SINGAPORE: Chicago wheat futures slid on Tuesday, retreating from a three-month high scaled in the previous session, although concerns over Black Sea supplies provided a floor under the market. Corn and soybeans rose for a third consecutive session.
“Russia-Ukraine war escalation is raising doubts over wheat supplies, which is supporting prices,” said one Sydney-based agricultural commodities analyst. “But we think, Russia has a big crop to sell and it will go hard on exports.”
The Chicago Board of Trade (CBOT) most-active wheat contract lost 0.8% to $9.31 a bushel, as of 0247 GMT, after climbing to its highest since June 29 at $9.49-3/4 a bushel on Monday.
Corn added 0.1% to $6.99 a bushel and soybeans gained 0.3% to $13.78 a bushel.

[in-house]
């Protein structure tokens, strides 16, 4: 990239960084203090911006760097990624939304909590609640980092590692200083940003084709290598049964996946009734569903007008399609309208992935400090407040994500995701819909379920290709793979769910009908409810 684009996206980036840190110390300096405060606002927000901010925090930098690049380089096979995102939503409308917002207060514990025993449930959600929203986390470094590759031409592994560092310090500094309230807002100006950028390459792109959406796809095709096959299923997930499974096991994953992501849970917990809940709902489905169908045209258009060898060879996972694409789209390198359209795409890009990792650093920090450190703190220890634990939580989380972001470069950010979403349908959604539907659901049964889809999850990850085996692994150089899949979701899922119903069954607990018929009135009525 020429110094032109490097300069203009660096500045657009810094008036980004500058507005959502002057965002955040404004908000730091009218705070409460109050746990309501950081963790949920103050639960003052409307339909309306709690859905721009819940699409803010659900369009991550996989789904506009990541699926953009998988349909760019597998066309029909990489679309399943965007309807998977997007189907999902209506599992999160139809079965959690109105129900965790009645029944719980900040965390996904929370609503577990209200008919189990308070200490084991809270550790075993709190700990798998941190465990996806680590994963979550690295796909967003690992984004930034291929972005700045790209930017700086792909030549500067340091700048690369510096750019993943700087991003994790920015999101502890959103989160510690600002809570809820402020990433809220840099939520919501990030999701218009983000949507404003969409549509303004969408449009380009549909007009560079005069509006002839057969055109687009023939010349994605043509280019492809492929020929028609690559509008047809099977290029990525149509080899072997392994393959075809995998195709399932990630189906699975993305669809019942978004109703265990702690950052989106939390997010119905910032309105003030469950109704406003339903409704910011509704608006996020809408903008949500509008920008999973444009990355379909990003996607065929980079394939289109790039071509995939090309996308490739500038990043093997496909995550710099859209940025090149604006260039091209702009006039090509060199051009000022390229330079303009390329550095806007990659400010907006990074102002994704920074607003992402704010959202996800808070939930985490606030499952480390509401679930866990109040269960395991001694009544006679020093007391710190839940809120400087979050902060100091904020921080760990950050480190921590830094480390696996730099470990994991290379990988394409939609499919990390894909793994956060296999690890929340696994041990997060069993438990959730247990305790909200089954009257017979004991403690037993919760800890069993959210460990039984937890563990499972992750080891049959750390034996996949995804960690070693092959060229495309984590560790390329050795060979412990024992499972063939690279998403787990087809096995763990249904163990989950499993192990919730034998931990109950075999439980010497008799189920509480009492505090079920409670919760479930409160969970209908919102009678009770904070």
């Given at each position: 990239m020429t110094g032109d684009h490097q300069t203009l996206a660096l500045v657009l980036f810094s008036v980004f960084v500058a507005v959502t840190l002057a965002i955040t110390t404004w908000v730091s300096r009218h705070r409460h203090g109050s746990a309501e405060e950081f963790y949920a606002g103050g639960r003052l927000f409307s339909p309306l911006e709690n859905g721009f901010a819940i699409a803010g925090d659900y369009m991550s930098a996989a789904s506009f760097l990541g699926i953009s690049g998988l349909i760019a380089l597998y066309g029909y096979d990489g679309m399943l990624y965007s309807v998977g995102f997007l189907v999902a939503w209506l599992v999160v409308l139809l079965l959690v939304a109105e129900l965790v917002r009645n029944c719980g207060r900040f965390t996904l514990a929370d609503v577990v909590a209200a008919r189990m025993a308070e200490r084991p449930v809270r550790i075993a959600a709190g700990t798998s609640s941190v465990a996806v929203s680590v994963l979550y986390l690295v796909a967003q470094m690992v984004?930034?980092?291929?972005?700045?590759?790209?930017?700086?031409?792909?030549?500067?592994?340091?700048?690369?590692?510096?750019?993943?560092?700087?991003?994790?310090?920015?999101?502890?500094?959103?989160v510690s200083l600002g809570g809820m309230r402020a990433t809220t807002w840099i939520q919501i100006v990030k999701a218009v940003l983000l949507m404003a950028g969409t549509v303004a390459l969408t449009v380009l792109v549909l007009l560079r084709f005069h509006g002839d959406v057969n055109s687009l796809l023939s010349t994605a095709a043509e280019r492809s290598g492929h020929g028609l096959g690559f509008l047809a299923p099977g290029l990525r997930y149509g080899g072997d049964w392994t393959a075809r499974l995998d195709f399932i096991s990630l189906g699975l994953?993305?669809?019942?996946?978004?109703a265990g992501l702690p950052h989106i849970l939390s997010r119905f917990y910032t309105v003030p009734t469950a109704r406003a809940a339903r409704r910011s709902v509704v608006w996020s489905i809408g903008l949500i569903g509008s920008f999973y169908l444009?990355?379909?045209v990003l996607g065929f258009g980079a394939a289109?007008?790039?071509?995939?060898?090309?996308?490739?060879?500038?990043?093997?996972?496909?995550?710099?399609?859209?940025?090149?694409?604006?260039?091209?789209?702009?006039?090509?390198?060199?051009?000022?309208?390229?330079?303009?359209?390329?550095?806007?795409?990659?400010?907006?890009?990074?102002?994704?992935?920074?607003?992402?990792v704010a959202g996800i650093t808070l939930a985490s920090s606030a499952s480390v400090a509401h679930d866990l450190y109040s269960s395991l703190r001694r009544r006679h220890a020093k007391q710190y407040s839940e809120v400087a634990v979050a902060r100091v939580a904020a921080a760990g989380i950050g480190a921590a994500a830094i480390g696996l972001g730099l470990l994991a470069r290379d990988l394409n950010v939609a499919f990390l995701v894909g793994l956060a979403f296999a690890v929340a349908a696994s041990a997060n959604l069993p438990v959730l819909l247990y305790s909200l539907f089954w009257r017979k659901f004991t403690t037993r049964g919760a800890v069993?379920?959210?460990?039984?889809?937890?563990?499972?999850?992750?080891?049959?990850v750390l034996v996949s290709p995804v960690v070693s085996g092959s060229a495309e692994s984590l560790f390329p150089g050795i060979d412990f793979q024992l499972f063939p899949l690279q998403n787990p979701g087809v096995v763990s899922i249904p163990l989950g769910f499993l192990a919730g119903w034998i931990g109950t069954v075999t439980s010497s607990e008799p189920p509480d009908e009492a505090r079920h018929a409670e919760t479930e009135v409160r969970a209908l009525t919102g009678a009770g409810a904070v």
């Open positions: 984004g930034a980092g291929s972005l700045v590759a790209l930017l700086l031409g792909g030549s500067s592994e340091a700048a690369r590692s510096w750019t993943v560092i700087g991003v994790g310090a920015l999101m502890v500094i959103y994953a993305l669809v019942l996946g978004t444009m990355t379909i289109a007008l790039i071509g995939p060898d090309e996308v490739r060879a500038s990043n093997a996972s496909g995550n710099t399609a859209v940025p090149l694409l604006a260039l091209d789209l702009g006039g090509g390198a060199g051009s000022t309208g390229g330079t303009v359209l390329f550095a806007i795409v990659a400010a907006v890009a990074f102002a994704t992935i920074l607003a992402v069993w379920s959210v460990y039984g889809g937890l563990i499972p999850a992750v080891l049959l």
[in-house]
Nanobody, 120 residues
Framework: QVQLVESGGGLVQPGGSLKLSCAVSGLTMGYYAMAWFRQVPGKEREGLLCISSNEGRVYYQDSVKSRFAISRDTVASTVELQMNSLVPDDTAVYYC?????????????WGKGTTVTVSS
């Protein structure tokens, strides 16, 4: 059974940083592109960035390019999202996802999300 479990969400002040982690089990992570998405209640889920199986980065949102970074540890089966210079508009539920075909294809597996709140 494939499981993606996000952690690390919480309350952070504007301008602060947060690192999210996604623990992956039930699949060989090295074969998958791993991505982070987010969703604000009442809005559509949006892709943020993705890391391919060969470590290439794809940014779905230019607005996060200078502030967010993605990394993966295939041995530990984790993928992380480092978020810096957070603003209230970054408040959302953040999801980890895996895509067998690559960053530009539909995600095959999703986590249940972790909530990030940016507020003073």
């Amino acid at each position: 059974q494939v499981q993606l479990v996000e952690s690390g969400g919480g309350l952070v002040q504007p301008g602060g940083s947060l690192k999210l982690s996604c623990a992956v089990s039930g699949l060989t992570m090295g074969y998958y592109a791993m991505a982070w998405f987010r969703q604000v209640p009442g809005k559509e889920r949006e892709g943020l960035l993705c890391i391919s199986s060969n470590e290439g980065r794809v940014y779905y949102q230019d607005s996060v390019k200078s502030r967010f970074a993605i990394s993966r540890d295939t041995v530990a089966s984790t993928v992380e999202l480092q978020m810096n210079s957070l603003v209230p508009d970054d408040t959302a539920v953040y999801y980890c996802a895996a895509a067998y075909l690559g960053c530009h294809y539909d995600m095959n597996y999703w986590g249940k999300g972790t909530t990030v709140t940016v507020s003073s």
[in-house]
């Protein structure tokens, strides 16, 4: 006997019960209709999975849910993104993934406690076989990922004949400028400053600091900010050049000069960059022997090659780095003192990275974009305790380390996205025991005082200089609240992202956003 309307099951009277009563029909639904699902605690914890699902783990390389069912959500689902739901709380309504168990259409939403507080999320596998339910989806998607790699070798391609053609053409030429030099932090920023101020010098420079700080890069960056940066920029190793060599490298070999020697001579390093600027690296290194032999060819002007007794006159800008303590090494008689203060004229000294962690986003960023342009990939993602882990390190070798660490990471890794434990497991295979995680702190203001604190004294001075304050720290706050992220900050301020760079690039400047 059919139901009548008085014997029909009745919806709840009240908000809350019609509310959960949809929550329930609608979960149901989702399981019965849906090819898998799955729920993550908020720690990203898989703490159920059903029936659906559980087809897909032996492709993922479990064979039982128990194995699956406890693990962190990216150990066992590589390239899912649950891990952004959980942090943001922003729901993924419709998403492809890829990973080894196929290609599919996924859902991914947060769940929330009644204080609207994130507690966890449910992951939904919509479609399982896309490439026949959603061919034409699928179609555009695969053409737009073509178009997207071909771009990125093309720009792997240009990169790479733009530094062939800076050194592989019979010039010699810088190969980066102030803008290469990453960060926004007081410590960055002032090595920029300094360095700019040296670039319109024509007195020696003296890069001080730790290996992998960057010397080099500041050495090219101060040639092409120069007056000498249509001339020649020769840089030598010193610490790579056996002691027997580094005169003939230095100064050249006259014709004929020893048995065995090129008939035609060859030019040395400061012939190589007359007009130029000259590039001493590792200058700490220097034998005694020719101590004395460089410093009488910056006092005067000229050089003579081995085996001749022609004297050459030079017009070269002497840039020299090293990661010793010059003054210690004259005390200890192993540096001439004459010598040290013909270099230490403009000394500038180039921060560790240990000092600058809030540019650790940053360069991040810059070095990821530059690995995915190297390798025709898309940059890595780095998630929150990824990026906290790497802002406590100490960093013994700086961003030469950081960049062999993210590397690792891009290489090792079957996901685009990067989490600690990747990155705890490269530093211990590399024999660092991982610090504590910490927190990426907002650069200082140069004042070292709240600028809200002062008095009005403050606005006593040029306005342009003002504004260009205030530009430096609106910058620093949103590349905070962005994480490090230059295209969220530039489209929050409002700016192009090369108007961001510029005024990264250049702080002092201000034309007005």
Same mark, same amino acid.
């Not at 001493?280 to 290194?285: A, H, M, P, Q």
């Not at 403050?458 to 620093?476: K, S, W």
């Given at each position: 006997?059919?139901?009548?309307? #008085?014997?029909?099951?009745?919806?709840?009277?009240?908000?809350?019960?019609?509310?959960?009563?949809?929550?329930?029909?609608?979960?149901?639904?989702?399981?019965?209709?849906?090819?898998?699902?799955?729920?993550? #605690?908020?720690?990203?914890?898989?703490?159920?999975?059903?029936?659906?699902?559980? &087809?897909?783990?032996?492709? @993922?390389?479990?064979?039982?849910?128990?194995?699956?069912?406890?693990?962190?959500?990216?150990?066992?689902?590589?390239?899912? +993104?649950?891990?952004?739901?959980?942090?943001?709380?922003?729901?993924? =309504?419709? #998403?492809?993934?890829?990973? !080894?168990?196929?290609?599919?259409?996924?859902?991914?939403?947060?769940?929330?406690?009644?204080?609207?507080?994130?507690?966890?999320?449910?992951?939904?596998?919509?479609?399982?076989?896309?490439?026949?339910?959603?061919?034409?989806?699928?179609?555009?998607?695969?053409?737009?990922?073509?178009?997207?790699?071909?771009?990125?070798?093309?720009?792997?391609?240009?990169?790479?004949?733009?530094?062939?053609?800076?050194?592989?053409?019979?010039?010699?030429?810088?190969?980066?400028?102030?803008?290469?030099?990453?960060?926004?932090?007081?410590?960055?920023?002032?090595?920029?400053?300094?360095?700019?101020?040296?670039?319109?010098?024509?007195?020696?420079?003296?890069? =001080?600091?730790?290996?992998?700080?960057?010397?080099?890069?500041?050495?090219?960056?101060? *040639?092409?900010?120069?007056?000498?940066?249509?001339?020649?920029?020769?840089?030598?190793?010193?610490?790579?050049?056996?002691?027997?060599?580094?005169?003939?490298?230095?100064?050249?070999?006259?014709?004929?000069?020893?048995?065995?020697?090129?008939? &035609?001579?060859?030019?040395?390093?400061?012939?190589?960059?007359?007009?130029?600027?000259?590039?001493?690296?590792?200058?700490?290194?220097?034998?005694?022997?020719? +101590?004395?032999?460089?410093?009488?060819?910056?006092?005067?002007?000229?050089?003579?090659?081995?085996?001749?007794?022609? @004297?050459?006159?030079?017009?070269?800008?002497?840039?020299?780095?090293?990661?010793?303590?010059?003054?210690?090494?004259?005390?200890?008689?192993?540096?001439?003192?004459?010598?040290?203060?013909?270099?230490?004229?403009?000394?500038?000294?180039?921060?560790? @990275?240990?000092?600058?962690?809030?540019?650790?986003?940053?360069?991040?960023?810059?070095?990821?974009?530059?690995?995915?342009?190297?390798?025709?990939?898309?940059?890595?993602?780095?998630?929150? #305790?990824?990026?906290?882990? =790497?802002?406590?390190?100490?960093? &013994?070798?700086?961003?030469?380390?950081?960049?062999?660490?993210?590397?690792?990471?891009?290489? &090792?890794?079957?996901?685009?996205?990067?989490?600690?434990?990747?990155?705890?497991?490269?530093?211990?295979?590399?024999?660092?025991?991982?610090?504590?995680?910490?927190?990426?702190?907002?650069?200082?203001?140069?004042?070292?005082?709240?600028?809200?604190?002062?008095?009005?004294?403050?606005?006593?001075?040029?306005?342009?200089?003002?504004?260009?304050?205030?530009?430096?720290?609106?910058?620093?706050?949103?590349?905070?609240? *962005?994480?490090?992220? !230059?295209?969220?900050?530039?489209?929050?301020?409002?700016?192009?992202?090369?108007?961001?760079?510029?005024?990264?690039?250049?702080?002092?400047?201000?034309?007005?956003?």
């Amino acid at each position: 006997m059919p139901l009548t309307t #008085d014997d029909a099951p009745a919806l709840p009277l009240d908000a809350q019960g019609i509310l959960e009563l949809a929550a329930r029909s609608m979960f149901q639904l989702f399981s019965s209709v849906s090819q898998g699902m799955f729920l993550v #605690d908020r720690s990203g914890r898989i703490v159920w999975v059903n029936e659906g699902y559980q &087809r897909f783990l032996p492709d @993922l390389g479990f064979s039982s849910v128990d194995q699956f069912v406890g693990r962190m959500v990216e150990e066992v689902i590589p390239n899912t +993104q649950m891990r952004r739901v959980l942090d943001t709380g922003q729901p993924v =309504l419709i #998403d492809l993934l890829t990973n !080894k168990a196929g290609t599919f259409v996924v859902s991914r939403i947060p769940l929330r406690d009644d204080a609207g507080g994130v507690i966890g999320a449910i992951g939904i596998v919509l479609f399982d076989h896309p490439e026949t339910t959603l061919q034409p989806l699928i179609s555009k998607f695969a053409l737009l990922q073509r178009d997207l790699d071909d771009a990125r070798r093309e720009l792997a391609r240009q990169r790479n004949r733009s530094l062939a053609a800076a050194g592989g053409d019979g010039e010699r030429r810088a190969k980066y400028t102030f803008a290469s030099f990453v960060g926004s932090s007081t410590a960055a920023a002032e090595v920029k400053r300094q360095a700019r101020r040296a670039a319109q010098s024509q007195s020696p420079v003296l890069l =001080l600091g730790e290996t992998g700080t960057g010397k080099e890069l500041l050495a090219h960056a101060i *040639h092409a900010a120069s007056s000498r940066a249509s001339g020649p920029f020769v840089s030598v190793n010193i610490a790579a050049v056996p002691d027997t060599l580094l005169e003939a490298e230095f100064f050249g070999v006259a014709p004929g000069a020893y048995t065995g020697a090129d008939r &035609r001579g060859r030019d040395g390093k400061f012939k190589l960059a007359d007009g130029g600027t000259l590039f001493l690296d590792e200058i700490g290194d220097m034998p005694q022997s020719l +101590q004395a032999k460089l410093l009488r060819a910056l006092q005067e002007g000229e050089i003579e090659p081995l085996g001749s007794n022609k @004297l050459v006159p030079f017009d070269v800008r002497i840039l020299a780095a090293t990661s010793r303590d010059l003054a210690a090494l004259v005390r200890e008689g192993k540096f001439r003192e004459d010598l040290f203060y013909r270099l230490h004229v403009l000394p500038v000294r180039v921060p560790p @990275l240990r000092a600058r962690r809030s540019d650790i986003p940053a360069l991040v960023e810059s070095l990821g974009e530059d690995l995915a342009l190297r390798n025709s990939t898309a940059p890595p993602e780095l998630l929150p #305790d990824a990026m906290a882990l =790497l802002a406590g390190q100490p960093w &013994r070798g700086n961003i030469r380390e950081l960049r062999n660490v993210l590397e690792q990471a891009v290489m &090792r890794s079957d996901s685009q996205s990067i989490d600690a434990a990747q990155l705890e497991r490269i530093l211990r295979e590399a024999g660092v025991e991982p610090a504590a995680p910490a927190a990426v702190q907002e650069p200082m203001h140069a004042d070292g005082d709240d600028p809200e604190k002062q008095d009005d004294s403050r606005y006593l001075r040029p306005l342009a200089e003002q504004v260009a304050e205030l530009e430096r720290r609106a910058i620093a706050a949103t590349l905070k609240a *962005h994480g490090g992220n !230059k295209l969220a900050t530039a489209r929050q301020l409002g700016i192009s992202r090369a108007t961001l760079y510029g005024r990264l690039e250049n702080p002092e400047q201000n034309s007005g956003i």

The escalating war between Russia and Ukraine has raised worries about wheat supplies from the Black Sea region.
Ukraine vowed to strengthen its armed forces after Russia launched its biggest aerial assaults on cities since the beginning of the war, forcing thousands to flee to bomb shelters and prompting Kyiv to halt electricity exports to Europe.
The focus in the soybean market is shifting to South America as the US harvest progresses. Brazilian farmers have sowed an estimated 9.6% of the estimated soybean area, below last year’s 10.1% level as erratic weather is disrupting the work in some areas, according to agribusiness consultancy Agrural on Monday.
Investors are taking positions ahead of the US Department of Agriculture’s (USDA) monthly World Agricultural Supply and Demand Estimates and Crop Production reports due on Wednesday.
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Traders say markets are worried that the USDA may raise soybean yield or acres in the report, as they have in past years.
Commodity funds were net buyers of CBOT corn, soybean, wheat and soymeal futures contracts on Monday, traders said.
They were net sellers in soyoil futures.